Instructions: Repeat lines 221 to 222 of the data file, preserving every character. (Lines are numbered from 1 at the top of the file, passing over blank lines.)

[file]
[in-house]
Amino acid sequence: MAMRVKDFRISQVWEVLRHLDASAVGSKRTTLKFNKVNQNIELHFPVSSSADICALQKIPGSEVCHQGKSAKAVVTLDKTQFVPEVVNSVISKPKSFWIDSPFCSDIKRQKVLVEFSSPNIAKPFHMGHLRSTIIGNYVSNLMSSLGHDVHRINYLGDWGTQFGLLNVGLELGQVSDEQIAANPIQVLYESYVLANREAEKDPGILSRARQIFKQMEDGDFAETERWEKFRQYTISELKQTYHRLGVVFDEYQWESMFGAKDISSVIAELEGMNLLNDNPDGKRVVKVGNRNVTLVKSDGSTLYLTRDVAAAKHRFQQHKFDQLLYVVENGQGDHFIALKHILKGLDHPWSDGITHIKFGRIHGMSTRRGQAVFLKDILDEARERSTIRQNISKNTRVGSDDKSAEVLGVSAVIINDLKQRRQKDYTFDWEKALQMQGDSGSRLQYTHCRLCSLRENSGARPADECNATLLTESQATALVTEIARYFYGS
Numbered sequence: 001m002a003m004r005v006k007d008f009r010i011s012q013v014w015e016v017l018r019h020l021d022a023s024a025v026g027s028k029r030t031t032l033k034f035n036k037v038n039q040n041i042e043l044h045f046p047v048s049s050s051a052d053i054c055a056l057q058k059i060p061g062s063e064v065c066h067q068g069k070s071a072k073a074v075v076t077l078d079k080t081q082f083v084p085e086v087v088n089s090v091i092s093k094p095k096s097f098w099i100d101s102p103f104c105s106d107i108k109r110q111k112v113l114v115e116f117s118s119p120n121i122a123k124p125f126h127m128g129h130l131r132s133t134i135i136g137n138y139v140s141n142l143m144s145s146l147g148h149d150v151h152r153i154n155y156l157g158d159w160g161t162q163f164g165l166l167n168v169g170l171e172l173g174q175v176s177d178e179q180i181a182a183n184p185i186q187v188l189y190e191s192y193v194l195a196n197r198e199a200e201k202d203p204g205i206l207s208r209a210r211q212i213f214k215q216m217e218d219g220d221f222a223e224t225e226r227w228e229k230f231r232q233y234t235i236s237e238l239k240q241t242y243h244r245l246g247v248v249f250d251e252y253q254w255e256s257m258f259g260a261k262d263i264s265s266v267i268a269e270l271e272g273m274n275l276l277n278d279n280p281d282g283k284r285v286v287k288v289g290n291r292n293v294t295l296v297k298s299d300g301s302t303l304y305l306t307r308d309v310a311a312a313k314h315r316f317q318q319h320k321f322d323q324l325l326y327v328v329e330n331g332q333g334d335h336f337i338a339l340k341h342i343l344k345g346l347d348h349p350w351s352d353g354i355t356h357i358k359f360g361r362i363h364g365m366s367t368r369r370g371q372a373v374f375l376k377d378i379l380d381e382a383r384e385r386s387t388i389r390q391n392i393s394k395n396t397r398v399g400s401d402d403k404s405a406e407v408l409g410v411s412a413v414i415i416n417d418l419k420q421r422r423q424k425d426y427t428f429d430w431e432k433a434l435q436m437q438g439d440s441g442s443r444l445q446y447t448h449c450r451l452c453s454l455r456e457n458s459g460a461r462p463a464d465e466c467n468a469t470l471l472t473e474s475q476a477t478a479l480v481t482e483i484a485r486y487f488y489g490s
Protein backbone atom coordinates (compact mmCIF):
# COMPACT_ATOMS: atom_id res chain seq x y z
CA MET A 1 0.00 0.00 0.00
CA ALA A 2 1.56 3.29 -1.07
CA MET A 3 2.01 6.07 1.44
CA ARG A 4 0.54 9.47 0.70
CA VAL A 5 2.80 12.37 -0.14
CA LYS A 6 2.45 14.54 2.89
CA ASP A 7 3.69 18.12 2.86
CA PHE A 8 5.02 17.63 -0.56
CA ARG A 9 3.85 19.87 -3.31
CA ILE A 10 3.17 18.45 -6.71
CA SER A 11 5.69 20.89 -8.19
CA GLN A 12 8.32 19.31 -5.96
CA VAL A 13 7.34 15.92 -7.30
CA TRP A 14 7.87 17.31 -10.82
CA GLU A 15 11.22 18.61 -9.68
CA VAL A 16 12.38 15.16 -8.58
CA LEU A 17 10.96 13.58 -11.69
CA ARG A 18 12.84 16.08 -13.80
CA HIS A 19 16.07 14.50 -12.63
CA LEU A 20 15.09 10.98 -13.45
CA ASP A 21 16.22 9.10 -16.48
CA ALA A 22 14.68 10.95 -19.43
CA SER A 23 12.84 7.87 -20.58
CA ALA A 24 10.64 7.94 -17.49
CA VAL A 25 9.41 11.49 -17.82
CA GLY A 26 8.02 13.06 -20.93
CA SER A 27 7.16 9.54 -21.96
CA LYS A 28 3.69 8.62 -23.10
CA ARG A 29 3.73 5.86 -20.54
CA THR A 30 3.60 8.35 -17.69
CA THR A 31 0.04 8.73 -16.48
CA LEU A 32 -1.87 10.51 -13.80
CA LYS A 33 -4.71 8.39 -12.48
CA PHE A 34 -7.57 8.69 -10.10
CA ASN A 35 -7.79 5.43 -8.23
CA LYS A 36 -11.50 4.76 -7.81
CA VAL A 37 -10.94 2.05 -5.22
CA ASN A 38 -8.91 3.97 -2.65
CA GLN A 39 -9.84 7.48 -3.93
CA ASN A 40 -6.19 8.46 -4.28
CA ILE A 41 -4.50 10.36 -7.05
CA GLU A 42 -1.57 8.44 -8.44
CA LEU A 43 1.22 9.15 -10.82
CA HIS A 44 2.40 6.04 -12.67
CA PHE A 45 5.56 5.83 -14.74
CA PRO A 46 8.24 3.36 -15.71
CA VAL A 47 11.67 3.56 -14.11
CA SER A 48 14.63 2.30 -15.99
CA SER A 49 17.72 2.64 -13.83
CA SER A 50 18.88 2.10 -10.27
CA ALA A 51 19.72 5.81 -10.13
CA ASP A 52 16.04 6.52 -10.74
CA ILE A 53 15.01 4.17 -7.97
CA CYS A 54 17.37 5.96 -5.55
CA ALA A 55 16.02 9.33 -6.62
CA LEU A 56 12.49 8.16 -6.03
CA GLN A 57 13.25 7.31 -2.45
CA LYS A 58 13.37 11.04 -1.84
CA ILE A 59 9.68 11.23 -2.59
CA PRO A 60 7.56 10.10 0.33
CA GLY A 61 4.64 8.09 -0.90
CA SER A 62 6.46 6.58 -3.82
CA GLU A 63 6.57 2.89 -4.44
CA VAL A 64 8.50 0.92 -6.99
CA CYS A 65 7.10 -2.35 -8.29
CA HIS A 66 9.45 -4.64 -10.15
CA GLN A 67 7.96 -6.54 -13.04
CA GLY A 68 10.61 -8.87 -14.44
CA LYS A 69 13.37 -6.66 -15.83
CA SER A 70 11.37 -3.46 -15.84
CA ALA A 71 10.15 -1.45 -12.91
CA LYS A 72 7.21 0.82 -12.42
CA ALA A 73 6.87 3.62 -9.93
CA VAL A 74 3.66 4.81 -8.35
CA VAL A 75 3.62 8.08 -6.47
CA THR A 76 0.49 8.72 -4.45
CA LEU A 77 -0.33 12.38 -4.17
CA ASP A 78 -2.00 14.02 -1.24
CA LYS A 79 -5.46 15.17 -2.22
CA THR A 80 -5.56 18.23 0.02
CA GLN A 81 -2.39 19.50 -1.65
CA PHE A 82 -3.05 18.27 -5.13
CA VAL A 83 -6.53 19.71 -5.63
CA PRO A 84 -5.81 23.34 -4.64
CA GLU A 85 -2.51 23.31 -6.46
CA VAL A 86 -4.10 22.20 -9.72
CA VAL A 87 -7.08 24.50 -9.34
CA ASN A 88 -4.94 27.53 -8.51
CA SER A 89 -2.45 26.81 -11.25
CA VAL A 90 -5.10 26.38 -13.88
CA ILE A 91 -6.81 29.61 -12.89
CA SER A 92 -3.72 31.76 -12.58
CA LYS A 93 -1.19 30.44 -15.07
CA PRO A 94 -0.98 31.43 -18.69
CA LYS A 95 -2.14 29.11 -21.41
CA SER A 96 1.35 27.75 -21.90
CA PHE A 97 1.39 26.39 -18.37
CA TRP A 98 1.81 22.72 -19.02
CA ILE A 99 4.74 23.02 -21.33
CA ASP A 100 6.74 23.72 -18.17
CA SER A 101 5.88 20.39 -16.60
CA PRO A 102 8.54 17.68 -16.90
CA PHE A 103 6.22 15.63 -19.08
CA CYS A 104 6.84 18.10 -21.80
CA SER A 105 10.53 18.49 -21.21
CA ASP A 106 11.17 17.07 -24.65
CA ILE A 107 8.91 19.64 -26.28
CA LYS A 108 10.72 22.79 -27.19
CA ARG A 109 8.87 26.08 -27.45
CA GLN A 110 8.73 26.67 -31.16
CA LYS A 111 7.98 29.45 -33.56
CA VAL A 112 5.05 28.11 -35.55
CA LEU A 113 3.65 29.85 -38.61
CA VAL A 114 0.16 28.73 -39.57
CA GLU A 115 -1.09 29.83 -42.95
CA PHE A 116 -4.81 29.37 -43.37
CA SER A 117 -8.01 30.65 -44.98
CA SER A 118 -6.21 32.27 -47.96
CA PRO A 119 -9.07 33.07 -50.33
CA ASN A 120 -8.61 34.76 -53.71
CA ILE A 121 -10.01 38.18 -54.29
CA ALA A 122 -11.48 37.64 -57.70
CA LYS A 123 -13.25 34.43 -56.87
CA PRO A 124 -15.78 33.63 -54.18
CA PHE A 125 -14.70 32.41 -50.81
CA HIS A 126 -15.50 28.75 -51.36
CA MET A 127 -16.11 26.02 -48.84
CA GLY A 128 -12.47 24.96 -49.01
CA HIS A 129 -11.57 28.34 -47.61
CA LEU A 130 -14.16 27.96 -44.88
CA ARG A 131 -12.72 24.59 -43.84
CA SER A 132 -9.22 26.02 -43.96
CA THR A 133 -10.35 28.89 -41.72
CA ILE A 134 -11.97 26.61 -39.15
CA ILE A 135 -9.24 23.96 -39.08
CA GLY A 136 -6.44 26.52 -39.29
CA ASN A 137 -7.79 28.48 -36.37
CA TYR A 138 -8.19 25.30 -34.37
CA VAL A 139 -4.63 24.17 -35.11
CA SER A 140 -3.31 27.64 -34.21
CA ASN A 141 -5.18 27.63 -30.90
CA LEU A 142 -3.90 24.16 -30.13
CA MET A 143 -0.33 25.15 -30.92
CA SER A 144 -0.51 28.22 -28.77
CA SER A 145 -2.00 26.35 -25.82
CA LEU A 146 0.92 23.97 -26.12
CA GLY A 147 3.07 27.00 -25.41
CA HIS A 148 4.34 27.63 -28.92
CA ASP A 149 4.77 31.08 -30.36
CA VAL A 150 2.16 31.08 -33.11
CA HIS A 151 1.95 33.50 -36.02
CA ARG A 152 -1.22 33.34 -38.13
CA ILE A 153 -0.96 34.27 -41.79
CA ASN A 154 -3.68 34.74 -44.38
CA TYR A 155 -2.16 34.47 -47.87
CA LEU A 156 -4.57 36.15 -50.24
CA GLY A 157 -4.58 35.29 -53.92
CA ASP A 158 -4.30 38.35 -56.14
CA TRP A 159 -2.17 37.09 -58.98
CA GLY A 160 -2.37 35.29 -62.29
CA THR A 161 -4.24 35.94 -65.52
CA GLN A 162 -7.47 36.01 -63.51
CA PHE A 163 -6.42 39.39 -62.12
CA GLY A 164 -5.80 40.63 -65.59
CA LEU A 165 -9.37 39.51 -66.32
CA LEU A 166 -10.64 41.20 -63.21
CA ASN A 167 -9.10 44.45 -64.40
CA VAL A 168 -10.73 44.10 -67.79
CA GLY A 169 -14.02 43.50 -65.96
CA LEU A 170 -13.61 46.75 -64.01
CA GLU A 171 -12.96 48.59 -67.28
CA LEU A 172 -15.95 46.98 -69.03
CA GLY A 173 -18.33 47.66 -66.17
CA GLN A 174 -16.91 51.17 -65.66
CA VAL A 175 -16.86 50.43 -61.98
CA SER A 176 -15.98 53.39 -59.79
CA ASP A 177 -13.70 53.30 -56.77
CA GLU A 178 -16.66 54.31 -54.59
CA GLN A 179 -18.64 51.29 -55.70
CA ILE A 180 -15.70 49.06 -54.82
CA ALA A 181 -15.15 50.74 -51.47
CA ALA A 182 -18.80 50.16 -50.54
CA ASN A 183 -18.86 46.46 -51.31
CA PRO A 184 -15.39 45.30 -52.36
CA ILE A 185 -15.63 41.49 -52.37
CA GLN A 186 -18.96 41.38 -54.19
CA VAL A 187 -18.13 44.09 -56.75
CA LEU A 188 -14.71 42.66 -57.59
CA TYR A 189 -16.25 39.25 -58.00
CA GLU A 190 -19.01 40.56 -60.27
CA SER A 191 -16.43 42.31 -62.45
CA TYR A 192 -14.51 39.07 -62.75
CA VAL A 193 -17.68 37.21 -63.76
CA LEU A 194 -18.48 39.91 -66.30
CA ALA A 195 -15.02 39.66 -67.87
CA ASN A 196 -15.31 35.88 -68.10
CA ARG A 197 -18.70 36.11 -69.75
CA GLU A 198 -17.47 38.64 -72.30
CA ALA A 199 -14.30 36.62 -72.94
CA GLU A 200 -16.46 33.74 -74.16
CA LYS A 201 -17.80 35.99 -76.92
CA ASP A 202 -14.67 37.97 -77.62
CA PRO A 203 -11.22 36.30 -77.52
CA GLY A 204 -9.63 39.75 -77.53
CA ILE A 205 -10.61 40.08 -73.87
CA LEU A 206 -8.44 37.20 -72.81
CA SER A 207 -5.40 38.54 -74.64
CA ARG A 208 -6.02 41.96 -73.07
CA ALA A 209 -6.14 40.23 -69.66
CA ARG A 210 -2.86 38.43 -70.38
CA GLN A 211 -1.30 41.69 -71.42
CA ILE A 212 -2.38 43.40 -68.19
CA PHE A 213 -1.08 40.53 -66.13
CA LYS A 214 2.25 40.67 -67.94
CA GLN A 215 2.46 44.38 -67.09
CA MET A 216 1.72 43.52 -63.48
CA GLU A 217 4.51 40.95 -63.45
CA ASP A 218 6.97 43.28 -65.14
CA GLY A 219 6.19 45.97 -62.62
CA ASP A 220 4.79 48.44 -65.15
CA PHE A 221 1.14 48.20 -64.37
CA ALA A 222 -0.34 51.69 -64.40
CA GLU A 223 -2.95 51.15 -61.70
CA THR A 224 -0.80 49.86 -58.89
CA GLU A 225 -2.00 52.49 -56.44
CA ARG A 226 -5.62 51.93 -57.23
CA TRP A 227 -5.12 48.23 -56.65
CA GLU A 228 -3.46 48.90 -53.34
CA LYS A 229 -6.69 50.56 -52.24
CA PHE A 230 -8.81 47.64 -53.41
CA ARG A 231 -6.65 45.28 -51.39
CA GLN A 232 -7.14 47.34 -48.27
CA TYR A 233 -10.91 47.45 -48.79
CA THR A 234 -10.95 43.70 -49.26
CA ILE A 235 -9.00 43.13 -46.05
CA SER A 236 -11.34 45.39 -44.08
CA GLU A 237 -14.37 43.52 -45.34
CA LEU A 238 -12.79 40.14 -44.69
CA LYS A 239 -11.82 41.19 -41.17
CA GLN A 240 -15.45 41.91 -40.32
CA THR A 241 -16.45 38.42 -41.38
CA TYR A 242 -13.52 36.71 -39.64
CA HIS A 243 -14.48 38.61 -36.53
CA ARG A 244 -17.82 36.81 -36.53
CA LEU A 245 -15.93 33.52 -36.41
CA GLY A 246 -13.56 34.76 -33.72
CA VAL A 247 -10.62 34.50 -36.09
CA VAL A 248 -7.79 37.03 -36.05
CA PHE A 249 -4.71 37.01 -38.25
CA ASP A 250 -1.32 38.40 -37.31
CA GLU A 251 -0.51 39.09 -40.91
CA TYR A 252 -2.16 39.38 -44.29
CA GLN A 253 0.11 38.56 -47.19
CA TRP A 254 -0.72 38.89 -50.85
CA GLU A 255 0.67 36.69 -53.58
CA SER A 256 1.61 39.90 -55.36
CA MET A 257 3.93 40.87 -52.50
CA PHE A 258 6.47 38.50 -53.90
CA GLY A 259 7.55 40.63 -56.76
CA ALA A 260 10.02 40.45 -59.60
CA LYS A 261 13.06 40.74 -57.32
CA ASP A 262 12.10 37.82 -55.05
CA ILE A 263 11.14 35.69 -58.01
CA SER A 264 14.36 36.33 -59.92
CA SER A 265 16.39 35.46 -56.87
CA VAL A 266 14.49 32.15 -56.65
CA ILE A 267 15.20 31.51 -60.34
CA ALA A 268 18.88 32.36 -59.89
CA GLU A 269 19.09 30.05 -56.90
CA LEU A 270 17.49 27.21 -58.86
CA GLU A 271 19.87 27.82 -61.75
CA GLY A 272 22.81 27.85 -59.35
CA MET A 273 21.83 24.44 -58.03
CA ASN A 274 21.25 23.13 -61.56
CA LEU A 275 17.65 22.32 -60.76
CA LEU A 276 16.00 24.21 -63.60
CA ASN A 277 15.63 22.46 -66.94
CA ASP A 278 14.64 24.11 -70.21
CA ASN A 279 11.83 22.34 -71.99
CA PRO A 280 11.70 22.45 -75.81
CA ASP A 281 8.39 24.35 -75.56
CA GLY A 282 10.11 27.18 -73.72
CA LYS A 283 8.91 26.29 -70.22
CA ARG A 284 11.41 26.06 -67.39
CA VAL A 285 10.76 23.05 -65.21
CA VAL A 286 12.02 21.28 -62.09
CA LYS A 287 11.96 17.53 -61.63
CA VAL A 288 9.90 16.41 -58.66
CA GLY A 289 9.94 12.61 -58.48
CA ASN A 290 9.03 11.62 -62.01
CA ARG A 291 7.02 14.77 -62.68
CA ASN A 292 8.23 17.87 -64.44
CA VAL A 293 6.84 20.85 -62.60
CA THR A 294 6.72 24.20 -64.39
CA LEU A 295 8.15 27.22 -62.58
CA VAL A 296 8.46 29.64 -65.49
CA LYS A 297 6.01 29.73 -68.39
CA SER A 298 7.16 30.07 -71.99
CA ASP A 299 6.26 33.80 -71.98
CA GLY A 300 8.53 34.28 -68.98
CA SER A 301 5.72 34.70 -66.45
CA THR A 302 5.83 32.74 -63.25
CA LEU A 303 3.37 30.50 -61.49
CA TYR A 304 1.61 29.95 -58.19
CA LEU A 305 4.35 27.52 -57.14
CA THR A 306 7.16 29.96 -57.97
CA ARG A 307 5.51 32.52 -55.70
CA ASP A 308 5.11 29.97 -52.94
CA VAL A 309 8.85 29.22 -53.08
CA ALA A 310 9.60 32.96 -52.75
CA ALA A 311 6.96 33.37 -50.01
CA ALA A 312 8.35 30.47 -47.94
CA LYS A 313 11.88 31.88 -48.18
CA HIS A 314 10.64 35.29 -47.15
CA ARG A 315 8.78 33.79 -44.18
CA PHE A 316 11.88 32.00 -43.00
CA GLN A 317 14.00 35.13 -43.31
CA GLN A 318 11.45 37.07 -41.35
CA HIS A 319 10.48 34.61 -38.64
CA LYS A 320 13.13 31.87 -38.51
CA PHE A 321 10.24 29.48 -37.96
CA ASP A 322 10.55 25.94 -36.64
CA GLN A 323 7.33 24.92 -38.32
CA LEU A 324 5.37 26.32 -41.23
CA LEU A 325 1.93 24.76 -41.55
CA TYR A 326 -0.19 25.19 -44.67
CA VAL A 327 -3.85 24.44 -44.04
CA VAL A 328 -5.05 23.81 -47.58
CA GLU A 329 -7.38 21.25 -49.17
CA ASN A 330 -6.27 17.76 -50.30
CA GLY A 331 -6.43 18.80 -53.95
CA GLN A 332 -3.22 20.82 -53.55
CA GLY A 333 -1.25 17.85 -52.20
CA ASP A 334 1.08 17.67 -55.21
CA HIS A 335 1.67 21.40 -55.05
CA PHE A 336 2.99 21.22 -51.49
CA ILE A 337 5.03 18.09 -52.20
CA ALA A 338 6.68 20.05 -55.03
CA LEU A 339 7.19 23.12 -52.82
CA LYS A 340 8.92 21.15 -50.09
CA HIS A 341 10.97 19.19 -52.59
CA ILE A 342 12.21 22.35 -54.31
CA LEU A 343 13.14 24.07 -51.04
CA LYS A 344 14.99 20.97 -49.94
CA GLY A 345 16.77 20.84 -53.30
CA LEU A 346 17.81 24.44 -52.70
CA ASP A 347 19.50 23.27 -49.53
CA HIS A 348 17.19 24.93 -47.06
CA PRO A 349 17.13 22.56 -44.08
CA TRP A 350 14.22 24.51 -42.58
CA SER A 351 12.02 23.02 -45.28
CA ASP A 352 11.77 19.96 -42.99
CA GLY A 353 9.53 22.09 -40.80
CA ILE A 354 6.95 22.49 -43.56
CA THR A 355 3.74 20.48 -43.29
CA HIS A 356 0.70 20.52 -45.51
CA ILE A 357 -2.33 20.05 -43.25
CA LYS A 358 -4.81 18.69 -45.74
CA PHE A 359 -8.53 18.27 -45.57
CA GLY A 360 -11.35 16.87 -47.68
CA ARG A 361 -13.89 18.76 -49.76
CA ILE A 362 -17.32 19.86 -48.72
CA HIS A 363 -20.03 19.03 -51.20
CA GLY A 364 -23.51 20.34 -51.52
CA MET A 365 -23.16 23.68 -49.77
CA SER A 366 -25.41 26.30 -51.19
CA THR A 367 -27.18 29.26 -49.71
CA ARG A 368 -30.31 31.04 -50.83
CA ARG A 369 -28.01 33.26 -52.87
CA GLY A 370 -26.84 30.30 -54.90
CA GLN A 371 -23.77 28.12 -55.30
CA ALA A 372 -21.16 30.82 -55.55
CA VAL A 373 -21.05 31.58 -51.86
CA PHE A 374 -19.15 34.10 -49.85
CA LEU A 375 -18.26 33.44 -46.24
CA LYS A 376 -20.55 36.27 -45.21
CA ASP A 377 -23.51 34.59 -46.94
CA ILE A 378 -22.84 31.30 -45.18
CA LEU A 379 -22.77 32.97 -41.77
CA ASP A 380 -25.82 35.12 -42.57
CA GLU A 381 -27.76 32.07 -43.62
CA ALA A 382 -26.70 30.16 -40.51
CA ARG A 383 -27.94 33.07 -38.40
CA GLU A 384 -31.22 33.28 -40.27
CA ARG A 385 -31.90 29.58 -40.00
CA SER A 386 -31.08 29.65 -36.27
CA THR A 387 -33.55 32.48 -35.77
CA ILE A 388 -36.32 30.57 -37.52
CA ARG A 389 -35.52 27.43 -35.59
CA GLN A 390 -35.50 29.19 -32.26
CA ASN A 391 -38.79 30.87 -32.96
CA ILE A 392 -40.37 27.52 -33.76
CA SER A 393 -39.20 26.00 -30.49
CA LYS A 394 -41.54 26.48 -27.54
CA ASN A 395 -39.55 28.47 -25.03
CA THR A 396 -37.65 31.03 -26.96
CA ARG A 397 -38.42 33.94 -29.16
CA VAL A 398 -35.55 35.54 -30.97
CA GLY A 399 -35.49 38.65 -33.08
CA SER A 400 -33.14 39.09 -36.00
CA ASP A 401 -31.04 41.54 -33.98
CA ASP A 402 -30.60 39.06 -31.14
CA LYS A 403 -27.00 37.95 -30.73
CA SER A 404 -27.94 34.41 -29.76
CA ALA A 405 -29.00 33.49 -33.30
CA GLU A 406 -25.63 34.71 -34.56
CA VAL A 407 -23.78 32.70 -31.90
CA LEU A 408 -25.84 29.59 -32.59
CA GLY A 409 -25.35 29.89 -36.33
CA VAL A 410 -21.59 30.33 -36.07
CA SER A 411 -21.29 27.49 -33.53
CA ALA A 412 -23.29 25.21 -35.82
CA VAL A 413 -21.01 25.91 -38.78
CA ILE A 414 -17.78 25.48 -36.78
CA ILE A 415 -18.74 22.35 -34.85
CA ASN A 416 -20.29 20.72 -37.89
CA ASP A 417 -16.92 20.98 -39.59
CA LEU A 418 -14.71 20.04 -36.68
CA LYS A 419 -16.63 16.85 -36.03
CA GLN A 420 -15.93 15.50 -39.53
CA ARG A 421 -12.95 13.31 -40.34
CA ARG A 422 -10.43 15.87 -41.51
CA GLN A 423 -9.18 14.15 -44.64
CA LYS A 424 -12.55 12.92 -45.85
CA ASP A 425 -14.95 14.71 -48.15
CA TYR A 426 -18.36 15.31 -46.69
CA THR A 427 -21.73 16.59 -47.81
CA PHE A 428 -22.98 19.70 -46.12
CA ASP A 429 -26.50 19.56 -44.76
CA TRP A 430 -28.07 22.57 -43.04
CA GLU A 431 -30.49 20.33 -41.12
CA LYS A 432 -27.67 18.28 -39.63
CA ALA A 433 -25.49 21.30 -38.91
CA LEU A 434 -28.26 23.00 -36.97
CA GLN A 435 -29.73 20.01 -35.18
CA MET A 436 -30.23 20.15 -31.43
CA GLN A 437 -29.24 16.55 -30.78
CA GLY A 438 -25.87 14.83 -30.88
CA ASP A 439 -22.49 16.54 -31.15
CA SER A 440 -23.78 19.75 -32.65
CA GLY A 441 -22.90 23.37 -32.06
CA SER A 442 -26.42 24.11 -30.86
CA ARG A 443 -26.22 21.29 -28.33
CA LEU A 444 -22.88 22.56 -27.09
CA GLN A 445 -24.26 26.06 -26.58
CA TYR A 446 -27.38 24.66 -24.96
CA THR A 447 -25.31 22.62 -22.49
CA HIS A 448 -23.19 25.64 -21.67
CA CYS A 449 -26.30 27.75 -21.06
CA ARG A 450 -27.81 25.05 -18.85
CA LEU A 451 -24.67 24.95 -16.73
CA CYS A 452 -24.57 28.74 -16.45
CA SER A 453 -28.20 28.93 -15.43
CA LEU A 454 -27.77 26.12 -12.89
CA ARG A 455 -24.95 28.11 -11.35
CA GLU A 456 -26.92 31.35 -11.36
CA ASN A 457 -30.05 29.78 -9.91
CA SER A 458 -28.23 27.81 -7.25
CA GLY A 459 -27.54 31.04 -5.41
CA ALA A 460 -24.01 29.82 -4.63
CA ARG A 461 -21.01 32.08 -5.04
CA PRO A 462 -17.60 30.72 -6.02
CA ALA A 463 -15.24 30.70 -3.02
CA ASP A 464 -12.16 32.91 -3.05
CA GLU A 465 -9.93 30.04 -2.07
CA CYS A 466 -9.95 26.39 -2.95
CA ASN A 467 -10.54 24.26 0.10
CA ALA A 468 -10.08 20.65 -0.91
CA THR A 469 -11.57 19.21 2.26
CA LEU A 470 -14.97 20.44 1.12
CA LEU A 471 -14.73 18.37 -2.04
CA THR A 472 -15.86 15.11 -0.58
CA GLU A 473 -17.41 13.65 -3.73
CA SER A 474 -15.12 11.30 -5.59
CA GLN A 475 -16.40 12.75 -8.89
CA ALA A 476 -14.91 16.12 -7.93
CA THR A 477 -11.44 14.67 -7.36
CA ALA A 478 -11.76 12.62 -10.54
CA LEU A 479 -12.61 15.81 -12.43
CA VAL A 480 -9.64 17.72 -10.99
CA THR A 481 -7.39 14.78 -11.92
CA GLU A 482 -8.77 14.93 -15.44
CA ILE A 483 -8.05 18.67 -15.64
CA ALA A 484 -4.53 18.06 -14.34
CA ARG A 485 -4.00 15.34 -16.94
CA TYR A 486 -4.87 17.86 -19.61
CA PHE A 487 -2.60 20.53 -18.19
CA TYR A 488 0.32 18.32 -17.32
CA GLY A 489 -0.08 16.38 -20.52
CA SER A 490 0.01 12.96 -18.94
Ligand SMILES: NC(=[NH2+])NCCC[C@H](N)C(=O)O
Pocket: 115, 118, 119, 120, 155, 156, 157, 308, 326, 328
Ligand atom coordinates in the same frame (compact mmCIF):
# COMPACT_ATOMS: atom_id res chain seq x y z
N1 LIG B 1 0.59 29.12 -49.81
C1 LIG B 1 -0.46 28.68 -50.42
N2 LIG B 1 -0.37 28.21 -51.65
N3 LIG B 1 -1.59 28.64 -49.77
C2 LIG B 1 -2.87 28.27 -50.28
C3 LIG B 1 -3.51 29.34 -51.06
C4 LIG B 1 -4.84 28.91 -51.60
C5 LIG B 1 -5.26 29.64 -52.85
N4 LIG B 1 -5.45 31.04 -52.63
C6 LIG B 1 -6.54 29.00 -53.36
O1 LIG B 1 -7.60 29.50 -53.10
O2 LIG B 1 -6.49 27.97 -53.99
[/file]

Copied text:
CA MET A 216 1.72 43.52 -63.48
CA GLU A 217 4.51 40.95 -63.45